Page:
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Taylor Wessing Photographic Portrait Prize 2016, National Portrait Gallery | reviews, news & interviews

Taylor Wessing Photographic Portrait Prize 2016, National Portrait Gallery

Taylor Wessing Photographic Portrait Prize 2016, National Portrait Gallery

The judges have sifted through thousands of entries from across the world: we get a photographer's verdict on this year's competition

First Prize: Katlehong Matsenen by Claudio Rasano, 2016Claudio Rasano, 2016

It’s that time of year again. The National Portrait Gallery exhibits the finalists in the annual Taylor Wessing Portrait prize. The judges have seen 4,303 photographs from 1,842 photographers and now show us 57.

The imprimatur of the National Portrait Gallery means that this is a really significant show. Entries come from all over the world and the quality of image and reproduction is second to none. As seen through the eyes of the exhibitors, life is a pretty serious business. Here are images of hardship, endurance, duty and emptiness. Not many smiles, unless you count Nigel Farage, hidden behind his cigar.

Becky, June and Mom (birds)  by Jessica Todd Harper  ©Jessica Todd HarperOne of the features of the show is Cristina de Middel’s project Gentleman’s Club, which portrays men who visit prostitutes in Rio de Janeiro, Brazil. The sitters answered an advertisement in a Rio newspaper. To get the images de Middel rented a room for 30 minutes and paid the men for their "services".

There are other series informed by their context. The Black Mamba anti-poaching unit – serious women who patrol in camouflage in the Balule Nature Reserve in South Africa, and twins from a small village in southern India which has the highest rate of twin births in the world.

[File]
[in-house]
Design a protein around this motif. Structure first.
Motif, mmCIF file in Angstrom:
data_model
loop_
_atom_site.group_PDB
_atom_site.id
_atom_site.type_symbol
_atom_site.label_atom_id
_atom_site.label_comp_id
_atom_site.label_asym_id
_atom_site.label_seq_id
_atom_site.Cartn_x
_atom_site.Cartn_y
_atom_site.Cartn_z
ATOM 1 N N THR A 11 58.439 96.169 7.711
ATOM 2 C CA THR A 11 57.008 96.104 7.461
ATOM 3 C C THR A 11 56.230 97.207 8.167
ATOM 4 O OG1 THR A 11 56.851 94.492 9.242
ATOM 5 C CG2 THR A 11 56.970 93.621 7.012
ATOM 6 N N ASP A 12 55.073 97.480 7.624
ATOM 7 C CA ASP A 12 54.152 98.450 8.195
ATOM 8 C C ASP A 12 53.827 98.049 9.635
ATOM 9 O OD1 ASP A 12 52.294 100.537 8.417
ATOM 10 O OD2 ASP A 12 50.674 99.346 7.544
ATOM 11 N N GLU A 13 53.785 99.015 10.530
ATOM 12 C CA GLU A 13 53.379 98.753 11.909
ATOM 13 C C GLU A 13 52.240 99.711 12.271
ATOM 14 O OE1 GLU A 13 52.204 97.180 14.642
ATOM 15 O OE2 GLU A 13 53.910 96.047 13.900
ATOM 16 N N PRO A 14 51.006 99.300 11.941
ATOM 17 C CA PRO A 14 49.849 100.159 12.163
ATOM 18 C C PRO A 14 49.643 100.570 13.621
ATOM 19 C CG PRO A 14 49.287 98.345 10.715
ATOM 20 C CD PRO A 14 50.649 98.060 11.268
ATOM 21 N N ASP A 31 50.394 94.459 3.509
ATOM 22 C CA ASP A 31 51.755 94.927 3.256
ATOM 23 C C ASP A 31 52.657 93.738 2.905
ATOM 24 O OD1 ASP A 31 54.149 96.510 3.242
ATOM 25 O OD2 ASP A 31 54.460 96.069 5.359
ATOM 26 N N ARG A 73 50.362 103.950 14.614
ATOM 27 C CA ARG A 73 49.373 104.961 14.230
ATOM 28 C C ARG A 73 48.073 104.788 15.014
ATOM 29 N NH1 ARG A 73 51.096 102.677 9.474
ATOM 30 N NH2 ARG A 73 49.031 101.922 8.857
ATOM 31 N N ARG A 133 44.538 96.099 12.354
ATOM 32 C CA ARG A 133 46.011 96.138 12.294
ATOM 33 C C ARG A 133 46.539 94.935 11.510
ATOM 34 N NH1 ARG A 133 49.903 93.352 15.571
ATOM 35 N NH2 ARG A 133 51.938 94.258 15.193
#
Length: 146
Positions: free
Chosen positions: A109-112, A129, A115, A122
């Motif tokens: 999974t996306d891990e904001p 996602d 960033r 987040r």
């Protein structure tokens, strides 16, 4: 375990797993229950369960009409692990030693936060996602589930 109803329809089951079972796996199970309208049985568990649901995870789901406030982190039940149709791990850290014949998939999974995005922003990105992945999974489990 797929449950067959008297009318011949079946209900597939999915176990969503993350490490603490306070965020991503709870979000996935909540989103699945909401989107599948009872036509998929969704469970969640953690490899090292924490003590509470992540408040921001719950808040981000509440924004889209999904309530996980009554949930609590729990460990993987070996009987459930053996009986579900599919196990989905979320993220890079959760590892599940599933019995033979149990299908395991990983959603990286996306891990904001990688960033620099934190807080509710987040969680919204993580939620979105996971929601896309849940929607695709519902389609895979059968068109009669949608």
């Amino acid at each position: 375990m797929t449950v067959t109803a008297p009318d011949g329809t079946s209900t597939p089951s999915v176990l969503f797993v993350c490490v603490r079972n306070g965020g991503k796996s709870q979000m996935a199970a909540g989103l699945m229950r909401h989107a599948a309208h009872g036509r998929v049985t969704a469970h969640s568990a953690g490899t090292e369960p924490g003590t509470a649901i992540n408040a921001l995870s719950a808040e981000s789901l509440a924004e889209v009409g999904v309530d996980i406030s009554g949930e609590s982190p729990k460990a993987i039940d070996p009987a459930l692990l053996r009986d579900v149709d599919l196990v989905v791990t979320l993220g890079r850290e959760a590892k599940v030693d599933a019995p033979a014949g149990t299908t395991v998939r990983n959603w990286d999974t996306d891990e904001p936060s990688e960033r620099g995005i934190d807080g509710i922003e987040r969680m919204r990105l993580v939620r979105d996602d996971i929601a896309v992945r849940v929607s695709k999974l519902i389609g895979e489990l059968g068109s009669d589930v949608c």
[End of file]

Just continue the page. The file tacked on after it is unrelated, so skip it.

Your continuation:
But my favourite images communicate in their own terms (pictured above: Becky, June and Mom (birds), by Jessica Todd Harper). I was not initially convinced by the winner, a portrait by Claudio Rasano of a South African schoolboy (main picture). When I saw it online it struck me as a nice shot, but viewed large in the gallery you can see what the judges saw – the beauty in the everyday. The image is straightforward, using conventional printing, but for me at least it opened a door into another world.

The images are all immaculately printed using a variety of techniques, which are briefly explained. But I would have liked to know who printed them. The photographers get a name check, as you would expect, but the unsung heroes of the print studio remain anonymous. Also, at least for photoheads like me, it would be good to have some technical information – type of camera, exposure, lighting etc.

But these are minor issues, and there is too much talk about photography anyway. Go and look at the pictures and see what the best in the world looks like.

Click on the thumbnails to see more portraits from the competition

When I saw it online it struck me as a nice shot, but viewed large in the gallery you can see what the judges saw

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